The invention will now be described with reference to the following drawings in which,
The most sensitive components are those in the first module M1, between the laser diode and the modulator. In the most probable alignment method, lens L1 and the isolator will be fixed in place first, followed by lens L2, adjacent the modulator 4.
During assembly, a pneumatic gripper holds the lenses L1, L2, L3, L4 and their relative positions are adjusted for maximum output. The smallest step in motion is of the order of 50 nm. When the peak output has been obtained from a detector (not shown), the lenses are welded into place by two lasers. Both sides of each lens are welded simultaneously in order to minimise ‘post weld drift’—drift that may occur as the weld cools. In order to minimise this post weld drift, the outputs of the welding lasers need to be carefully controlled, which can be difficult in practice. It is not uncommon for the standard deviation of the post weld drift to be of the order of 0.5 μm.
In the above-described component, if the positional accuracy is 50 nm and the standard deviation of the post weld drift is 0.5 μm then the yield of laser transmitter units whose coupling level is 95% of maximum attainable value is about a third. However, the yield of laser transmitter units whose coupling is a half of the maximum level is about 95%. This leads to an unacceptably high failure rate of laser transmitter units.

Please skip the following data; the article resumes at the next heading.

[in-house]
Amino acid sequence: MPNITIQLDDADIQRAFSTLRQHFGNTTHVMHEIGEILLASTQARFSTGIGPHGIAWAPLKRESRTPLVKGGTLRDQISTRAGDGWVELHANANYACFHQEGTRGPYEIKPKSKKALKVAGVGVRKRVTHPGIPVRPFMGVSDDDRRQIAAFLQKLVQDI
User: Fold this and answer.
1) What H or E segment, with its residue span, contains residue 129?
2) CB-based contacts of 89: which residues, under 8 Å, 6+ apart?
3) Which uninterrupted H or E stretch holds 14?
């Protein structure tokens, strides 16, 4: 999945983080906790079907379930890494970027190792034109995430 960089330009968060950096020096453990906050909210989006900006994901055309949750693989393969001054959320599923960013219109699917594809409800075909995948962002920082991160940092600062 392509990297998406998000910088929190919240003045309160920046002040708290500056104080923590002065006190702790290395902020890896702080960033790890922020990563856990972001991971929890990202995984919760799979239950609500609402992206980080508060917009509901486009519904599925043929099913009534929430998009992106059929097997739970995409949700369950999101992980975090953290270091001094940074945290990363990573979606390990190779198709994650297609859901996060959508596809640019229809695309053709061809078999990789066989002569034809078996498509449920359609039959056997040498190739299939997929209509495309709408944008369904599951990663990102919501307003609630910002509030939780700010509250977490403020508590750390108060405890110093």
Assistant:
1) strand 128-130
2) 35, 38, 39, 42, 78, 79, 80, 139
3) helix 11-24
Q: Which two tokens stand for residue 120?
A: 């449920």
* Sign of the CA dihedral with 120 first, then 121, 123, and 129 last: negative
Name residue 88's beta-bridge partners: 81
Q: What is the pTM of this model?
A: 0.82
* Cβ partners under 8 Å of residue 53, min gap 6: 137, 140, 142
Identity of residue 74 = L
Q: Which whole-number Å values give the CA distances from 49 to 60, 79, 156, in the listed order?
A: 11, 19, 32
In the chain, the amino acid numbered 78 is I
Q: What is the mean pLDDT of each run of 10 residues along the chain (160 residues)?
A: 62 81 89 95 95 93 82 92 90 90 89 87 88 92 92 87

It is possible to remove and reposition lenses but this can damage the other more expensive components in the laser transmitter unit, such as the modulator 4 and the isolator 3. Removal of these more expensive components prior to repositioning of the lenses is again possible but expensive, time-consuming and may still lead to damage.
During assembly of the laser transmitter unit modified in accordance with one form of the invention, allowance must be made for the combined focussing power of all the lenses in each module (L1, L2 and S1 in module M1 and L3, L4 and S2 in module M2). During the alignment process of each module, the collimating lens L1, L3 and the isolator will be adjusted and fixed in place first, followed by the focusing lens L2, L4 adjacent the modulator 4 and finally the steering lens S1, S2 are positioned.